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  14. dieworkwear

    dieworkwear Well-Known Member

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    I don't understand. You mean commodity fetish as in you wanted to buy the items for personal use, or as in the Marxist definition, meaning an object is disassociated from the humans who went into making it?

    Unless you wanted to buy those as art pieces, I don't see what you mean by "commodities." I assume you as a guy wouldn't want to wear a big feather dress.
     
  15. BD22

    BD22 Well-Known Member

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    You recall correctly! Help me understand what you think I meant that lead you to say that my lack of imagination is remarkable. (I never said I was any good, by the way.)

    Edit: I think I understand. You think I have a bad imagination because "I never forgot that it was a McQueen show" – right? If that's the case, then I'd argue that it's the audience's role to be acute, sensitive and open to an exhibition, not to block out the unappreciable bits of it. So not only did I come into the affair knowing that it was a McQueen show, but I also never tried to imagine the exhibit as anything other than a McQueen show and the exhibition never made me forget it either. Unfortunately, that idea floating around in my head did not do the show any good.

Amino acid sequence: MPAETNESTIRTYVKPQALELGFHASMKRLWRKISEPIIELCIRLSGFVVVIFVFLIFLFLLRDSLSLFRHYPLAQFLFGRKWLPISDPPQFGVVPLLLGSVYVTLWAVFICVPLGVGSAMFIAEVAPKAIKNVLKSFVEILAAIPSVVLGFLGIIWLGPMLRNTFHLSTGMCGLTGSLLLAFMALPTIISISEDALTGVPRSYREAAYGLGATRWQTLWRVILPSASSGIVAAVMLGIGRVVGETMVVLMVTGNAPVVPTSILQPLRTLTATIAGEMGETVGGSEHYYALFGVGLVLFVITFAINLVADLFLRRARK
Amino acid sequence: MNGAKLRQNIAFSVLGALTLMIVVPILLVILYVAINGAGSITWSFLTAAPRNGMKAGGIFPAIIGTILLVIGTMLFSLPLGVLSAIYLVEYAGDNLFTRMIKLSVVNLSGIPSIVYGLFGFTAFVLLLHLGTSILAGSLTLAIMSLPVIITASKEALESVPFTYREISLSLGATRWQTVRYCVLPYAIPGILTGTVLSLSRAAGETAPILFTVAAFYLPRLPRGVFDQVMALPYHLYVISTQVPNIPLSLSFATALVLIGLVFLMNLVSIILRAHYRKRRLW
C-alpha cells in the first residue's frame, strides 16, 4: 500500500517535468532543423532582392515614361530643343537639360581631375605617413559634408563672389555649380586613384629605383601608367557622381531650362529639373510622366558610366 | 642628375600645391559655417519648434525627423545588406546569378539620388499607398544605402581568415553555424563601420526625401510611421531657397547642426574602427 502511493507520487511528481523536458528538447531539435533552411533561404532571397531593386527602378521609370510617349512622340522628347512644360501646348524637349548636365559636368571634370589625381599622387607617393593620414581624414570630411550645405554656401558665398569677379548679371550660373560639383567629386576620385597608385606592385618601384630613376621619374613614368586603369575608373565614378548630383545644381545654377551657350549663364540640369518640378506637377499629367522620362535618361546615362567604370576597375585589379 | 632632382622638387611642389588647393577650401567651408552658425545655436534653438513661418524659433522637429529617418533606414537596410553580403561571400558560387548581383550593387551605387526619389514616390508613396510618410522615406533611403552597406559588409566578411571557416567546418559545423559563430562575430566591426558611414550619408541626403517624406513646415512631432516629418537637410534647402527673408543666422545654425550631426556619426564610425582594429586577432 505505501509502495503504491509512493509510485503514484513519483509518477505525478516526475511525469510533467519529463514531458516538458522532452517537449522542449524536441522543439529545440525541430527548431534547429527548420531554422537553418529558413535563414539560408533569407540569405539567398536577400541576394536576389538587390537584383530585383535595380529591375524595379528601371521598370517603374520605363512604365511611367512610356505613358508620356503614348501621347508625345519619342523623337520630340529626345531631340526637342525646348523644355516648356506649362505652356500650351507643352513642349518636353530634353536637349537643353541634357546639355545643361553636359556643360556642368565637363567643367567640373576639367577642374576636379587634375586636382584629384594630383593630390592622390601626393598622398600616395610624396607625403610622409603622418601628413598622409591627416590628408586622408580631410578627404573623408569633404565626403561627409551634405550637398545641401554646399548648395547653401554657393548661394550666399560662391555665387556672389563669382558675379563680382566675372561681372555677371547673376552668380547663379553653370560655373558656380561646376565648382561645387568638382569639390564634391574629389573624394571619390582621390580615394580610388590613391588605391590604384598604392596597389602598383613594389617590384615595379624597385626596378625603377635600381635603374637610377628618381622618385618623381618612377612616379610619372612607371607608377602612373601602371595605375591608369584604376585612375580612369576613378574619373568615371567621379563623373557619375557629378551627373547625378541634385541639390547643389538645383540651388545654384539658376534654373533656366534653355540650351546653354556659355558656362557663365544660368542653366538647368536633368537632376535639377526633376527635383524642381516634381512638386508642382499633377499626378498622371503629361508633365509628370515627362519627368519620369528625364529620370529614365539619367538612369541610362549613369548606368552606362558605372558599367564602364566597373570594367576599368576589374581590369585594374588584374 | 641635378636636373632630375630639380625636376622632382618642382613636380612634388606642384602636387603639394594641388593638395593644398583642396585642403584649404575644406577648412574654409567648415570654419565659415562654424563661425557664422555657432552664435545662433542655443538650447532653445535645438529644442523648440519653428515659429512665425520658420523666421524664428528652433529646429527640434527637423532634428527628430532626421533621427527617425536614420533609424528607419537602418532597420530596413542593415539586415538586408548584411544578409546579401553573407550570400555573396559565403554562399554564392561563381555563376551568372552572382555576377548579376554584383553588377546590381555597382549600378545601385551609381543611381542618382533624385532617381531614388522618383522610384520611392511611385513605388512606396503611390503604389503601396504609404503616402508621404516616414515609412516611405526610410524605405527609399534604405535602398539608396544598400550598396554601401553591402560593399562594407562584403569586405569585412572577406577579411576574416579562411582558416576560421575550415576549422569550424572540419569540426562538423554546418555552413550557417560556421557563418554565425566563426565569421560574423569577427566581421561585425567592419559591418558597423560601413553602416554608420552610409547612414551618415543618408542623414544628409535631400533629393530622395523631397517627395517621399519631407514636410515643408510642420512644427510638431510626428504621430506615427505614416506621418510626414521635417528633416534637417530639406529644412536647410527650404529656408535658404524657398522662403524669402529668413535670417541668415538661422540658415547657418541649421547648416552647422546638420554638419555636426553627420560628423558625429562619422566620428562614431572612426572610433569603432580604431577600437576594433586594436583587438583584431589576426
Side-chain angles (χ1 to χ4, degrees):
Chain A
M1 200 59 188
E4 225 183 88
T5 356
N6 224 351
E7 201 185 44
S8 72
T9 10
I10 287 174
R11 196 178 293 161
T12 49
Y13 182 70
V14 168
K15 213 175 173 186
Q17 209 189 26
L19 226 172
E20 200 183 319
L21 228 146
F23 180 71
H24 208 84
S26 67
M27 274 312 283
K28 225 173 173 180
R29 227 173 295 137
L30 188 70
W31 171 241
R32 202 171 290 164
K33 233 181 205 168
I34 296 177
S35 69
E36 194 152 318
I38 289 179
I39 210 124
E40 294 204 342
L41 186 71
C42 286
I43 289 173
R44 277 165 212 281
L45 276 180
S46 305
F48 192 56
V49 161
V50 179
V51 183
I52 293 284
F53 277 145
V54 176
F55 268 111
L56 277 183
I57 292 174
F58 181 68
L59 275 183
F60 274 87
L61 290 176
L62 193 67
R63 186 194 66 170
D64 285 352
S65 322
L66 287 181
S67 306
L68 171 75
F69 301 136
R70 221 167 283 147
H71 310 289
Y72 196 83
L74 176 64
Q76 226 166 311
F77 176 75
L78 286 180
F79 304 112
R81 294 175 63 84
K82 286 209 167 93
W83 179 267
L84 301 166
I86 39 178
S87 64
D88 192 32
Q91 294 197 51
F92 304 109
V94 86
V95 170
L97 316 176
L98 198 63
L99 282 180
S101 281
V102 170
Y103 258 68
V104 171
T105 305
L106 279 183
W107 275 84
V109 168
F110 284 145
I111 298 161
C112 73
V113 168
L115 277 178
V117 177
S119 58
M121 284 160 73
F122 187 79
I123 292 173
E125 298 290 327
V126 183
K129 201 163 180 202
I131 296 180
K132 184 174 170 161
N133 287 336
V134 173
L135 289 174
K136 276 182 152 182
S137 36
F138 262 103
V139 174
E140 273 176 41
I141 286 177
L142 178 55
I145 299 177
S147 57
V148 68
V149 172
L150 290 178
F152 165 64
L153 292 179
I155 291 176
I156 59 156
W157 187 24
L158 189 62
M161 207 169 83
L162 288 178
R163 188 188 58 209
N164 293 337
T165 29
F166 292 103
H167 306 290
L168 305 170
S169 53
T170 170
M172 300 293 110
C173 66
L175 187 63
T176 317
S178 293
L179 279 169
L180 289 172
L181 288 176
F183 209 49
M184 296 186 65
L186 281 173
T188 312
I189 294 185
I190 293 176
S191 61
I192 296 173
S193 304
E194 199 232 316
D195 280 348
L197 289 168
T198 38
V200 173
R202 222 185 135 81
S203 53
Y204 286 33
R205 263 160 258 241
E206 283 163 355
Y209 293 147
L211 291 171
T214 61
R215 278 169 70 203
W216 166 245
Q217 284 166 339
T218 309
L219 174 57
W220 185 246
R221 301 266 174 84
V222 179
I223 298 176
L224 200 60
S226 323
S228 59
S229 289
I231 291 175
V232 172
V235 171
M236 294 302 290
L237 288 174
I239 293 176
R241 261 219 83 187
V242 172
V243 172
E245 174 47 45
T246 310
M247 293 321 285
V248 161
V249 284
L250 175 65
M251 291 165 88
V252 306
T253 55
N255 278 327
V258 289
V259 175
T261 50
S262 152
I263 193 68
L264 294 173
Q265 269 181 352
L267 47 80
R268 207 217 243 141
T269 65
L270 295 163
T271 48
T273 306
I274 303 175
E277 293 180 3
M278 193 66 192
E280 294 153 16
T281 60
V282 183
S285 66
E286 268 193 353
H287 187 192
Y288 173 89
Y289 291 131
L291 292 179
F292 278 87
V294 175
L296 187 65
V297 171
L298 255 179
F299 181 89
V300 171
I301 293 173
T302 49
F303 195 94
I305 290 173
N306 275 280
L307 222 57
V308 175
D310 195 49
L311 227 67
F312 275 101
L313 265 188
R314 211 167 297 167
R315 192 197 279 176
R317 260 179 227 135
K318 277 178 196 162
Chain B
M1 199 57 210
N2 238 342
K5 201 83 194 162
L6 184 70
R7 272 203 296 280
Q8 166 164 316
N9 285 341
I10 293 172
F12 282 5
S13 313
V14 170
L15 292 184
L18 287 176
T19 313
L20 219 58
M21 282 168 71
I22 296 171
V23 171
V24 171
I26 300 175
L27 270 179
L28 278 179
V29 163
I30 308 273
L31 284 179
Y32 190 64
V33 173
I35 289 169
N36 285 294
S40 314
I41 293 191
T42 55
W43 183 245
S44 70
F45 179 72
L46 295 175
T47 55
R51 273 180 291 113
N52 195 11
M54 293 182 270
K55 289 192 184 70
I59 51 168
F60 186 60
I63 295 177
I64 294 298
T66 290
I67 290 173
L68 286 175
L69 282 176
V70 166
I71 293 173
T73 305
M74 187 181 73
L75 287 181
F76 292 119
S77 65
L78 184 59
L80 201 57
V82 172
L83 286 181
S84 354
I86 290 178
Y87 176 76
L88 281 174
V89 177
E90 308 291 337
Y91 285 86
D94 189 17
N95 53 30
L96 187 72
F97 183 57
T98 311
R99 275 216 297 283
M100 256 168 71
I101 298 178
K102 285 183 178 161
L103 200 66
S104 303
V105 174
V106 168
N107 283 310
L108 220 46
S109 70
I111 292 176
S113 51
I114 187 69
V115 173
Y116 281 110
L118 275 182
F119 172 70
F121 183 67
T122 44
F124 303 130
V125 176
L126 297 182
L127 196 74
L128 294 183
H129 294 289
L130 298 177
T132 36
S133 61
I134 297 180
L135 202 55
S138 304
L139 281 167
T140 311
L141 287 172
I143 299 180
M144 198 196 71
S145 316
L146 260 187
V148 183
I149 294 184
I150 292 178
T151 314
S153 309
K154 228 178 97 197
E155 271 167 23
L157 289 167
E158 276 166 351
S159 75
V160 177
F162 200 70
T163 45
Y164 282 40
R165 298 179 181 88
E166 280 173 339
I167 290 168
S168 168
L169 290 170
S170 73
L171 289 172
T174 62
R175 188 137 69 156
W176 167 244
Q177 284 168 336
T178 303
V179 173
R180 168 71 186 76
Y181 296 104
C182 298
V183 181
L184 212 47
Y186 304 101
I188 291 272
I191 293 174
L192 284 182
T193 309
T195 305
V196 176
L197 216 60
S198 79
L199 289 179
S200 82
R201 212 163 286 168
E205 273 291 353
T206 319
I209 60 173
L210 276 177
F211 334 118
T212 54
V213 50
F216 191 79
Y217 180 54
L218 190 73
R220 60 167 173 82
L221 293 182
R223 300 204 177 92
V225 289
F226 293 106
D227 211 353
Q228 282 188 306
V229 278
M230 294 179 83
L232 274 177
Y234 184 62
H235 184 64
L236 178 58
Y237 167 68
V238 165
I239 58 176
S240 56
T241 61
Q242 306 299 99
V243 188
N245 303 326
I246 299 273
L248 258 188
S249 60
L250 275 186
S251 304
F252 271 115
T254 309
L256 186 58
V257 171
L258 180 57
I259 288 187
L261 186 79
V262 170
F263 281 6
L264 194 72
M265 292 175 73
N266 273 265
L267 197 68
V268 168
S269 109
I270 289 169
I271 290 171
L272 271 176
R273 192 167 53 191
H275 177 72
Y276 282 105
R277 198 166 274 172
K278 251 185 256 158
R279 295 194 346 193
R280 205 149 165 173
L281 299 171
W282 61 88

I wouldn't buy it for myself [​IMG].

    Marx's point in deploying the concept – and I hope I can say this without getting into a hermeneutic discussion about Marx – is partly (and roughly) that the value of a commodity is no longer tied to its use-value (i.e. labor) and instead becomes linked to some transcendental property of the object existing in the mind of the consumer. I use it more to represent the distinctive sensation I get sometimes, like when I was at the show or when I'm standing before a vintage Bentley. I think the stuff beautiful in a way that I certainly don't in response to other forms of art; it's appreciation laced with a sense of acquisitiveness, which my liberal education will not let me experience without some guilt. I didn't feel it there so much as I when I see a runway show, but it's still my first and strongest reaction.